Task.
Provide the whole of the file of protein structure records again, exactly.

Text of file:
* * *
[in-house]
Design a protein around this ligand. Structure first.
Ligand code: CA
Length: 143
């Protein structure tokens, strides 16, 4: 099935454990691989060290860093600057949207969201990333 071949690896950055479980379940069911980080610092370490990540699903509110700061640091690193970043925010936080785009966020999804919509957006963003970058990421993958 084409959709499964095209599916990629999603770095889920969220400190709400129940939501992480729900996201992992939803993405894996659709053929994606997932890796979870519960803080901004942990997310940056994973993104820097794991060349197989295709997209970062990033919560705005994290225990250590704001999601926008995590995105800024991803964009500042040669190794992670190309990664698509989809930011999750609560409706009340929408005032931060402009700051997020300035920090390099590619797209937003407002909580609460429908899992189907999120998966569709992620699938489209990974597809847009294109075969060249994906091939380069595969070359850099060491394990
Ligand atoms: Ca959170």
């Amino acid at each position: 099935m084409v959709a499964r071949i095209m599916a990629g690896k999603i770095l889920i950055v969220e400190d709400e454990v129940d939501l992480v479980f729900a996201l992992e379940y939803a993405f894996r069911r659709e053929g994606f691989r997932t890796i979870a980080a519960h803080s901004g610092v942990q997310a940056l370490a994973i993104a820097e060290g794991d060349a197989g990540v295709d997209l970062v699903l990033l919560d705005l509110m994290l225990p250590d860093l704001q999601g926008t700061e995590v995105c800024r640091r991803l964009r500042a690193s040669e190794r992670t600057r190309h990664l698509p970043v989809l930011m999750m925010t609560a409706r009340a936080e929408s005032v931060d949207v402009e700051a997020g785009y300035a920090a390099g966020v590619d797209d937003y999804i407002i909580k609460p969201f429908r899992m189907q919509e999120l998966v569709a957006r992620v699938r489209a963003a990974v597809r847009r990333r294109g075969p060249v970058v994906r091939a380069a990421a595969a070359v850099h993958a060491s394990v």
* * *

[in-house]
Design a protein around this ligand. Structure first.
Ligand code: CA
Length: 143
């Protein structure tokens, strides 16, 4: 099935454990691989060290860093600057949207969201990333 071949690896950055479980379940069911980080610092370490990540699903509110700061640091690193970043925010936080785009966020999804919509957006963003970058990421993958 084409959709499964095209599916990629999603770095889920969220400190709400129940939501992480729900996201992992939803993405894996659709053929994606997932890796979870519960803080901004942990997310940056994973993104820097794991060349197989295709997209970062990033919560705005994290225990250590704001999601926008995590995105800024991803964009500042040669190794992670190309990664698509989809930011999750609560409706009340929408005032931060402009700051997020300035920090390099590619797209937003407002909580609460429908899992189907999120998966569709992620699938489209990974597809847009294109075969060249994906091939380069595969070359850099060491394990
Ligand atoms: Ca959170």
């Amino acid at each position: 099935m084409v959709a499964r071949i095209m599916a990629g690896k999603i770095l889920i950055v969220e400190d709400e454990v129940d939501l992480v479980f729900a996201l992992e379940y939803a993405f894996r069911r659709e053929g994606f691989r997932t890796i979870a980080a519960h803080s901004g610092v942990q997310a940056l370490a994973i993104a820097e060290g794991d060349a197989g990540v295709d997209l970062v699903l990033l919560d705005l509110m994290l225990p250590d860093l704001q999601g926008t700061e995590v995105c800024r640091r991803l964009r500042a690193s040669e190794r992670t600057r190309h990664l698509p970043v989809l930011m999750m925010t609560a409706r009340a936080e929408s005032v931060d949207v402009e700051a997020g785009y300035a920090a390099g966020v590619d797209d937003y999804i407002i909580k609460p969201f429908r899992m189907q919509e999120l998966v569709a957006r992620v699938r489209a963003a990974v597809r847009r990333r294109g075969p060249v970058v994906r091939a380069a990421a595969a070359v850099h993958a060491s394990v």